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Lawlessness Could Hijack Egypt's Popular Uprising

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It’s been nearly a week since Egyptians first took to the streets in a popular uprising to oust President Hosni Mubarak. They’ve since turned the most populous Arab nation on its head.

Not all the changes have been good. Rampant lawlessness threatens to hijack the popular uprising. Thievery and vandalism coupled with a growing exodus from Cairo are badly damaging Egypt’s economy, especially tourism. The country’s banks and stock exchange remain closed.

The unprecedented nature of Egpyt’s ongoing protests was clear from the first few hours. In Cairo, chants that pronounced the people’s determination to topple the government clearly sent a chill up officials’ spines.

“It was only in 2003, 2005 that you started to hear people chanting about Hosni Mubarak, but actually ripping down his pictures and stuff in a very public way,” says Joe Stork,deputy director for the Middle East and North Africa Division of Human Rights Watch. “I mean, the demand for Mubarak to resign, to get on the plane to Saudi Arabia, this is new.”

Egyptian police and security forces were sent in to end the unrest. Then last Friday, the government took the unprecedented step of shutting down the Internet and cell phones across the country to stop protesters from communicating with each other or the outside world.

But the moves failed to end the uprising, and the number or protesters swelled in several major cities. Residents watching from their balconies and passersby on the streets below joined in.

“We need liberty, we need freedom,” says Nagla Reze who joined the protesters in Cairo. “The Internet is closed today and mobile phones and we can’t connect to anyone. This is freedom? Nothing, nothing is happening, just the image.”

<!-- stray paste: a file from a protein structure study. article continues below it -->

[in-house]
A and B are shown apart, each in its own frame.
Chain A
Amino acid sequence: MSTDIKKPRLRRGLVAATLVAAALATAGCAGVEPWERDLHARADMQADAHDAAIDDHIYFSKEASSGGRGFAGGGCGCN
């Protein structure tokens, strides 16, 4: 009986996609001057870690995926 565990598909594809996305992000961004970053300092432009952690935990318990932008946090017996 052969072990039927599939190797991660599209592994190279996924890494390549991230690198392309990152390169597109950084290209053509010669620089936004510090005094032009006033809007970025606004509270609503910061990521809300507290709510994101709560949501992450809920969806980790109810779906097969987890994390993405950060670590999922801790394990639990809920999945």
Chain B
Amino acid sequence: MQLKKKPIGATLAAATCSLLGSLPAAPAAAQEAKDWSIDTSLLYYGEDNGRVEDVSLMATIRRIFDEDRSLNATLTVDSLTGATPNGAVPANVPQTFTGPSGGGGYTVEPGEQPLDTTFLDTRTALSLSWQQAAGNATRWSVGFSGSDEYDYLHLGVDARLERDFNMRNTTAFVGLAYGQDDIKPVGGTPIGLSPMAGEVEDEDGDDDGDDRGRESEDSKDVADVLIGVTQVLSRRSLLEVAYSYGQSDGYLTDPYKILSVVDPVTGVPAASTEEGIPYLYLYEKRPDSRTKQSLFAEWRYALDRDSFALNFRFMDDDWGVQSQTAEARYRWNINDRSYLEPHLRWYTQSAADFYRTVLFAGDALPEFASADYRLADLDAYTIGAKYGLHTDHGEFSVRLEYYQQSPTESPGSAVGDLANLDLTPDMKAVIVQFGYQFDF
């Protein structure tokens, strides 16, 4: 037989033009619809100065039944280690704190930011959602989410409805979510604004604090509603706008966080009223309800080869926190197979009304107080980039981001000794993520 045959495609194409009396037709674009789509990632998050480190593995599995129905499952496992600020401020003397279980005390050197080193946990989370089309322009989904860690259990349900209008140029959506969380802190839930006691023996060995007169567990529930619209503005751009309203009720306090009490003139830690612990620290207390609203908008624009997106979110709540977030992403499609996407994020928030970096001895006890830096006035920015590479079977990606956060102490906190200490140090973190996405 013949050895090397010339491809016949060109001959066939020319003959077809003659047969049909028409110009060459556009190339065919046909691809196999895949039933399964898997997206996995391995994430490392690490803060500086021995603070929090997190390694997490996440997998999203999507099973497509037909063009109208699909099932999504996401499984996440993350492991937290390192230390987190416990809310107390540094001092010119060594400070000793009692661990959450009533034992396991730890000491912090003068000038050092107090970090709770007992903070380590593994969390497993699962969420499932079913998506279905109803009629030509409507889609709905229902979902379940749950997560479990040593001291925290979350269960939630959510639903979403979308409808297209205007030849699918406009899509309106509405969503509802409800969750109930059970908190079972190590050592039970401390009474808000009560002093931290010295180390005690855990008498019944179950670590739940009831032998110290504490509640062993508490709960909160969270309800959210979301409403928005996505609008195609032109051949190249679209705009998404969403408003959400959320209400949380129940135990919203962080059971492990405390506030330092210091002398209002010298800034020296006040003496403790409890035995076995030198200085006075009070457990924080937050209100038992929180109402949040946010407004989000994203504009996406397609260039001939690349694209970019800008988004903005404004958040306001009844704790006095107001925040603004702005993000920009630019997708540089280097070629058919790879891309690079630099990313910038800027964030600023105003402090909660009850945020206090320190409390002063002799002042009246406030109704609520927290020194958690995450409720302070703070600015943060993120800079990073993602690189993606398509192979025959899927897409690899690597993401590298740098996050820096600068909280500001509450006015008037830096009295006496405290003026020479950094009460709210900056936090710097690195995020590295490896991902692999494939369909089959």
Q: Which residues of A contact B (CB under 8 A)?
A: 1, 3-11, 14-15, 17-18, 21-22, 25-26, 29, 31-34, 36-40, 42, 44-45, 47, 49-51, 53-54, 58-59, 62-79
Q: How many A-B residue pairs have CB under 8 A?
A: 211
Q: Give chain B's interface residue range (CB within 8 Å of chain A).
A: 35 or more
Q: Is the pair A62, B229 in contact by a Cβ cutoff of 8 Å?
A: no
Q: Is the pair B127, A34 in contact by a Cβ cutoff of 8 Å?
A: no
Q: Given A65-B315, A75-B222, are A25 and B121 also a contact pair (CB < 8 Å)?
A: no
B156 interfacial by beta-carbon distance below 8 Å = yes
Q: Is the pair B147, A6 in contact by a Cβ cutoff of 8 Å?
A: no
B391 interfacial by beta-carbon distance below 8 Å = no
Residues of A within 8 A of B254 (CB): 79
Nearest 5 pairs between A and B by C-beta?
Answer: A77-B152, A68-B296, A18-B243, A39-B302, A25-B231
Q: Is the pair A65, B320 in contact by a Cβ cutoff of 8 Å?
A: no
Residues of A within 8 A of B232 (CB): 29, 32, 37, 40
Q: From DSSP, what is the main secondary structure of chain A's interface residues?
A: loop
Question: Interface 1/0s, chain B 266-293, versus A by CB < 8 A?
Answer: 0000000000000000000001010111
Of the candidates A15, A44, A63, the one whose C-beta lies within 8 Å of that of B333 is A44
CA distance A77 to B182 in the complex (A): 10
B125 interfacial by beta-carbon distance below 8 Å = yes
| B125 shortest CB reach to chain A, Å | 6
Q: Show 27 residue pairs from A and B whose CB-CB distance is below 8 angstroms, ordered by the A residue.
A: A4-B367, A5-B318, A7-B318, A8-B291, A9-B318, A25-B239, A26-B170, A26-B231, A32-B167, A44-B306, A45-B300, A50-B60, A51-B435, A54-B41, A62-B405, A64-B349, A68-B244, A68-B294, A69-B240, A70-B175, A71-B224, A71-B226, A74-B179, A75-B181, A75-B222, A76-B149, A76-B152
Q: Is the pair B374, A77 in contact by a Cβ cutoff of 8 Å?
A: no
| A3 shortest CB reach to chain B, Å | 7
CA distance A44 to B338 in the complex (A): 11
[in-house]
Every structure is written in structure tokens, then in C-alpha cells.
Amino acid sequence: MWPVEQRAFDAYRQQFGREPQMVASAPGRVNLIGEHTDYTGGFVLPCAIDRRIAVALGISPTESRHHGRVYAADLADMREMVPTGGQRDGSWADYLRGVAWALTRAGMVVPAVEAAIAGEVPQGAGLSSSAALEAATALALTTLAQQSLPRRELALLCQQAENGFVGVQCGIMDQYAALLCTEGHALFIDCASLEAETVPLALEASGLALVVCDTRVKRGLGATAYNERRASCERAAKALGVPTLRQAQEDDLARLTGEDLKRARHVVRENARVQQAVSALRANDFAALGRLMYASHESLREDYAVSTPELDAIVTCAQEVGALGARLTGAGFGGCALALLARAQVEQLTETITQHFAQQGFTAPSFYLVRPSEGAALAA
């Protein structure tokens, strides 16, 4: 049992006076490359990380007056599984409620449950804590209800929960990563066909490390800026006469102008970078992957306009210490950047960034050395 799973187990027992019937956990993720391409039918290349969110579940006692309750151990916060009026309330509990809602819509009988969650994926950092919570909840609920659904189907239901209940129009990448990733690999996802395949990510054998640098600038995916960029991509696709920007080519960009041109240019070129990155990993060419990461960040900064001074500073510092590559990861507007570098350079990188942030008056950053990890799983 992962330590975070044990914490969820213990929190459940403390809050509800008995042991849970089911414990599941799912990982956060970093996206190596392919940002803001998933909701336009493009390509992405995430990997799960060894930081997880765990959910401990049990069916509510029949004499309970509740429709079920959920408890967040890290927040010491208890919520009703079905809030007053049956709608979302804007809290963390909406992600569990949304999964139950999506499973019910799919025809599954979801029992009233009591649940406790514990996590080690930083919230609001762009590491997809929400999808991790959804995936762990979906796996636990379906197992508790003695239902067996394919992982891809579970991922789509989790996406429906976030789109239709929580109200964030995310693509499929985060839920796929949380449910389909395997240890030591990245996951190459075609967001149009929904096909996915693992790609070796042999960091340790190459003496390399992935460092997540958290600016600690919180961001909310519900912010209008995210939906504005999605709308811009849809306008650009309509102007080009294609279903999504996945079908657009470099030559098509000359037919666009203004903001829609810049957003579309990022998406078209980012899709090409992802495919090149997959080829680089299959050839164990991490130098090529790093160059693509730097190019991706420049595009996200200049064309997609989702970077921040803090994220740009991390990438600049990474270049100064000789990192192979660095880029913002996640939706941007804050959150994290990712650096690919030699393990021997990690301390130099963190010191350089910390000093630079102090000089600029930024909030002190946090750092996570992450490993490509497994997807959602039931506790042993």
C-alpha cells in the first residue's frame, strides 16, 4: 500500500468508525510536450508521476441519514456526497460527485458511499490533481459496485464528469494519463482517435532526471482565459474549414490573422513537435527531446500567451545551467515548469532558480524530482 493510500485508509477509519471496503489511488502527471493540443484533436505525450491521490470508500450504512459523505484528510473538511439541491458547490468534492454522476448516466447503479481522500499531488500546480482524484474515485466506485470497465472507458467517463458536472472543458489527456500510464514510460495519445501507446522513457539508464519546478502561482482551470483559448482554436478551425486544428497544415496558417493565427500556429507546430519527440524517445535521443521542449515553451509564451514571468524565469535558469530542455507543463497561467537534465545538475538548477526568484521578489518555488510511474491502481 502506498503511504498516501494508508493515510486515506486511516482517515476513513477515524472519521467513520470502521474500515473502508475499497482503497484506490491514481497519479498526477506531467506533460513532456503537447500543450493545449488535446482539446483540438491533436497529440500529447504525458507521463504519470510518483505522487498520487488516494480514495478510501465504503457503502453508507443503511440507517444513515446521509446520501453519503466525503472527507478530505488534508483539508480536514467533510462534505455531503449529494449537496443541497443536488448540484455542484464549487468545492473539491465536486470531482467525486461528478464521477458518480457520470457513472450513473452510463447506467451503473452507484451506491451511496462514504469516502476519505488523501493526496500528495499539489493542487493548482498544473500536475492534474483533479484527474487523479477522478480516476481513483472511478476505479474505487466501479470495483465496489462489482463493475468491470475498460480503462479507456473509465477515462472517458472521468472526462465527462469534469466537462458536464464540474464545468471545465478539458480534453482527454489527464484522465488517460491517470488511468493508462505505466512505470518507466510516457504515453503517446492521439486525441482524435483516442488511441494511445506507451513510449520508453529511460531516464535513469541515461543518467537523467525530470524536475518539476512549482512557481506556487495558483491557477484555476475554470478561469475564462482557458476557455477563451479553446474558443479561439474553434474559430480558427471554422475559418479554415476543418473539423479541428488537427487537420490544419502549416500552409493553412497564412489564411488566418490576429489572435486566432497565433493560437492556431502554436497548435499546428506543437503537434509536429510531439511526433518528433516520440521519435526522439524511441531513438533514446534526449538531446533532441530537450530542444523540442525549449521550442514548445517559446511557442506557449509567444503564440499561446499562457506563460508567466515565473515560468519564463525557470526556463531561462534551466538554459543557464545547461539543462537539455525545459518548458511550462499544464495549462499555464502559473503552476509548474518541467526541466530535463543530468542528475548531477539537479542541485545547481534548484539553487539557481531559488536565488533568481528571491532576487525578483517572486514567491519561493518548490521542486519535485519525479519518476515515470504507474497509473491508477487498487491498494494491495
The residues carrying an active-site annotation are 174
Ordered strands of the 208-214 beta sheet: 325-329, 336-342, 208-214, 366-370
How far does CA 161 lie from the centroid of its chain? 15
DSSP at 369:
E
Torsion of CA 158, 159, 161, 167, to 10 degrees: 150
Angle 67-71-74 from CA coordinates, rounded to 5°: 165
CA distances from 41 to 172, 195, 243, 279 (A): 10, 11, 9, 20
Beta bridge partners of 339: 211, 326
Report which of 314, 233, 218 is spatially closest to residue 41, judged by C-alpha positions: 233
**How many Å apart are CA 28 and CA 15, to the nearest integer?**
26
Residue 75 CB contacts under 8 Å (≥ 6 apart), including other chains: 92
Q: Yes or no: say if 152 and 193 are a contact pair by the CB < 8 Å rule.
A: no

Historian Mahmoud Sabit says Mubarak was caught off guard. Reached on his cell phone after service was partially restored, Sabit explains that by imposing continuous martial law and refusing to share power, Mubarak lost touch with the people he claims to represent.

“After 30 years of repressing the Egyptian people, perhaps the leadership is rather contemptuous of their people and maybe because of that, they may have underestimated them in all this but certainly it’s a situation they need to address soon,” he adds.

The government tried and failed with a final, violent crackdown at Cairo’s now famous Tahrir Square.

Mubarak’s announcement on television that he was dissolving his cabinet, but would remain in charge didn’t satisfy protesters either.

The arrival of the army in Cairo’s streets Saturday morning, proved a turning point. The protesters were elated. And the soldiers quickly made it clear they were not there to interfere with the demonstrations.

“The army is after all the defender of the state, not necessarily the defender of the regime,” historian Sabit says. “There is a difference.”

Sabit and other observers say it cost Mubarak a heavy political price to have to ask the army for help. For one, he took the unprecedented step of appointing a vice president, Omar Suleiman. He’s considered a Mubarak confidante, but has close ties to the military.

Suleiman was widely viewed as the army’s preferred successor to Mubarak over his son Gamal, whom the president is said to have wanted.

Also, the new prime minister named by Mubarak is a former Air Force commander. Some observers say at this point, the president is likely negotiating a graceful exit rather than trying to retrain control.

“He’s (Mubarak’s) got about a day or two, frankly, to make up his mind, really,” Sabit says.

Analysts say there are signals from the government that a transfer of power could well be underway.

Some here say ideally, the new vice president would head a caretaker government that incorporates some opposition figures.

The police are also being redeployed, but have not clashed with protesters again, at least not yet.

And it’s clear the Egyptian military, with its vast presence here and repeated flyovers by jets and helicopters, remains in charge of the streets. Copyright 2011 National Public Radio. To see more, visit


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